Normally and admittedly, my hotel room requirements can be described as a little high maintenance. And for those who know me, feel free to change that statement to really high maintenance. No stays at rooms with shag carpet – ever. In fact, I generally prefer anything but carpet. I check all reviews and make sure that the hotel location is safe and secure. Four stars are great, but five stars are better. Key cards with deadbolts are minimum standards and valet parking if at all possible. So staying at a place with indoor/outdoor carpet, house telephones in the hallway, no visible fire alarms, and space that seemed to be rented out by the square inch was a stretch for me. It challenged me to get out of my comfort zone and test the waters.
And I am glad I did.
The experience was actually wonderful. It gave me a new type of vision about possibilities – not only regarding business travel, but just possibilities in general. First, the people working at this particular location were nothing short of wonderful. Their kindness with any questions that I may have asked or anything that I may have needed exceeded all expectations. The actions of the people running this hotel brought life back to a simple level for me. Succinctly stated – taken from a favorite M.A.S.H. episode: “It is nice to be nice to the nice.” Life becomes better when surrounded by nice people. Nice people figuring out ways to help other people.
Second, I realized that by removing some of the limits that I may have been placing on travel – thus myself – opened up new doors and new experiences for me. I saw, heard, did, and thought about things differently for a brief moment in time. And it was fun. Who needs a twenty square foot shower when a four square foot one (four feet may be an exaggeration) works just fine. I didn’t try the mail slot, but would have liked to do so. I didn’t try the fire escape, am glad that I didn’t, but would have liked to go out that window just once. I didn’t make any telephone calls on the house phone, but it would have been a hoot. This little hotel . . . in the middle of small town Western Missouri . . . made me get out of my rut and gave me back that free fall feeling once again.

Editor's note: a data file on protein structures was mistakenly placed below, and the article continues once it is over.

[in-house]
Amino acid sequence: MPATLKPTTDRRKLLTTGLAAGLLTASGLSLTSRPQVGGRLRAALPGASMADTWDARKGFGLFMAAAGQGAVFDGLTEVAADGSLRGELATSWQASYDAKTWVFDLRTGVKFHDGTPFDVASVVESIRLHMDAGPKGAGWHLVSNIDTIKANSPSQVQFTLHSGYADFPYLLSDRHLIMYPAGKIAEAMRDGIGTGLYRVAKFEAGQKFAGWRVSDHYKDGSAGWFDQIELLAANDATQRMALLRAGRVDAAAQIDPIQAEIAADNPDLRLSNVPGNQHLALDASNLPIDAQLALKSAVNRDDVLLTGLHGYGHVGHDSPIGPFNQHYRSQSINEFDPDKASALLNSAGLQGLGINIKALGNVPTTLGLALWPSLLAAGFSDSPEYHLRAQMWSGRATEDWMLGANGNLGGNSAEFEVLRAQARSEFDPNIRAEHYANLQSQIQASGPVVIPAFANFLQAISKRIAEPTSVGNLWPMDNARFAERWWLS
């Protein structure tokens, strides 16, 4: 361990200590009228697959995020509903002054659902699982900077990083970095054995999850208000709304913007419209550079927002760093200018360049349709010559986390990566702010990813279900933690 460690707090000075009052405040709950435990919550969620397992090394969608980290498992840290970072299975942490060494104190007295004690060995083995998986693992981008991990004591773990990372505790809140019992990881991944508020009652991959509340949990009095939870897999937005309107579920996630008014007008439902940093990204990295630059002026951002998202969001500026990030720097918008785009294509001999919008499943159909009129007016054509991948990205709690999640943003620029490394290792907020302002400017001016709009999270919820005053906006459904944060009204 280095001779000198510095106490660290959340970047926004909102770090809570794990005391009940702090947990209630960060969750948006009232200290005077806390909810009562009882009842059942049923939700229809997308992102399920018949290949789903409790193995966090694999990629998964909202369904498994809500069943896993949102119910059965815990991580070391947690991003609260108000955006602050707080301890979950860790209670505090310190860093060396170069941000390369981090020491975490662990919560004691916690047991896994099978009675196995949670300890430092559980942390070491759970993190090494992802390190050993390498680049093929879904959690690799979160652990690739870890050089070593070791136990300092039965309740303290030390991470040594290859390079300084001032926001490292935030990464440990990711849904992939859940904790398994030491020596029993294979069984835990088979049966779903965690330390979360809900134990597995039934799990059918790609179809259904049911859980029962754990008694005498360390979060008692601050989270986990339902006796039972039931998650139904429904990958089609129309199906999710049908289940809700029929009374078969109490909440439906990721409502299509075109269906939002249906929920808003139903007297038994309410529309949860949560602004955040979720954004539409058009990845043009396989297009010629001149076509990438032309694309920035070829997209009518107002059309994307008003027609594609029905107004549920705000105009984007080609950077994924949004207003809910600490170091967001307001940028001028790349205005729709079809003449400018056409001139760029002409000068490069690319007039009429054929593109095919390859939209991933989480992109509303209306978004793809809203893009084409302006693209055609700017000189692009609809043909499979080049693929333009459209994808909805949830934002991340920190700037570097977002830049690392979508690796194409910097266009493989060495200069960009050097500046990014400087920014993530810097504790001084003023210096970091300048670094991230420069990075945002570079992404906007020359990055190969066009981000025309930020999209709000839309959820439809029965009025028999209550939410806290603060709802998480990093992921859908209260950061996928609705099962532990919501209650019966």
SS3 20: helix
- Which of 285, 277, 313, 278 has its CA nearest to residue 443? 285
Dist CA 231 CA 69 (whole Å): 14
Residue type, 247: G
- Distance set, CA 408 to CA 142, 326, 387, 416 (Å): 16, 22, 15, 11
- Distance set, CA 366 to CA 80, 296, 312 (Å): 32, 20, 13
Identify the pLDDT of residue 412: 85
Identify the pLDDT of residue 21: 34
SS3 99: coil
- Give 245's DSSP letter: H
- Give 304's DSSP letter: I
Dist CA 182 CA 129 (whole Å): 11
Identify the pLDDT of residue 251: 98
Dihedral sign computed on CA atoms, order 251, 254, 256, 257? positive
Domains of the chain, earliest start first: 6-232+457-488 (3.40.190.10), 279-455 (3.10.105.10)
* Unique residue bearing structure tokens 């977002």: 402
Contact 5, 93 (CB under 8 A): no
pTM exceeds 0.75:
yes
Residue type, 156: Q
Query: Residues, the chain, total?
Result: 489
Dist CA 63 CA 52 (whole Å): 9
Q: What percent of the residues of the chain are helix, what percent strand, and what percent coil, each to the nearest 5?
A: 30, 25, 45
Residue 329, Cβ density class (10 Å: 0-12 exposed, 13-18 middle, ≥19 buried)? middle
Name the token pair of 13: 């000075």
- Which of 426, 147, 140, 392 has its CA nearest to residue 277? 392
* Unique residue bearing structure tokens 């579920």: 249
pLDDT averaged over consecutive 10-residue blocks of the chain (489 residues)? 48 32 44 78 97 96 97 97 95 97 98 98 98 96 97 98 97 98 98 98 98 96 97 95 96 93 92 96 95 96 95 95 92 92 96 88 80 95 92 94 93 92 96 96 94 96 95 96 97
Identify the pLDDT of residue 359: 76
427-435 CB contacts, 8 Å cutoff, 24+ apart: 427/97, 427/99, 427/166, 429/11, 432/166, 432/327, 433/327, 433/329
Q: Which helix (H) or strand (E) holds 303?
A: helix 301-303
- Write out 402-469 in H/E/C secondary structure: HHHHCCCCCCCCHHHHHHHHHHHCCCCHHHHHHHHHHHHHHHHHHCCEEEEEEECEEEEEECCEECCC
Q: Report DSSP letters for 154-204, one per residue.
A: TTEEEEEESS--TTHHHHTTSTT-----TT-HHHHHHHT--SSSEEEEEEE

What a joy.
A shift of expectations and perspective is always refreshing! Glad you enjoyed it! Funny about your “nice to be nice” quote – it’s something my dad always says and I never realized it was from M.A.S.H. The things one can learn on the internet!!
I think you made a great approach to handle the awkward hotel in the middle of small town Western Missouri. It did sound like a contradiction of a hotel, but when everybody is treating you with kindness and care, what more matters then? And it seems like you learned something about yourself with the experience. Which is always great.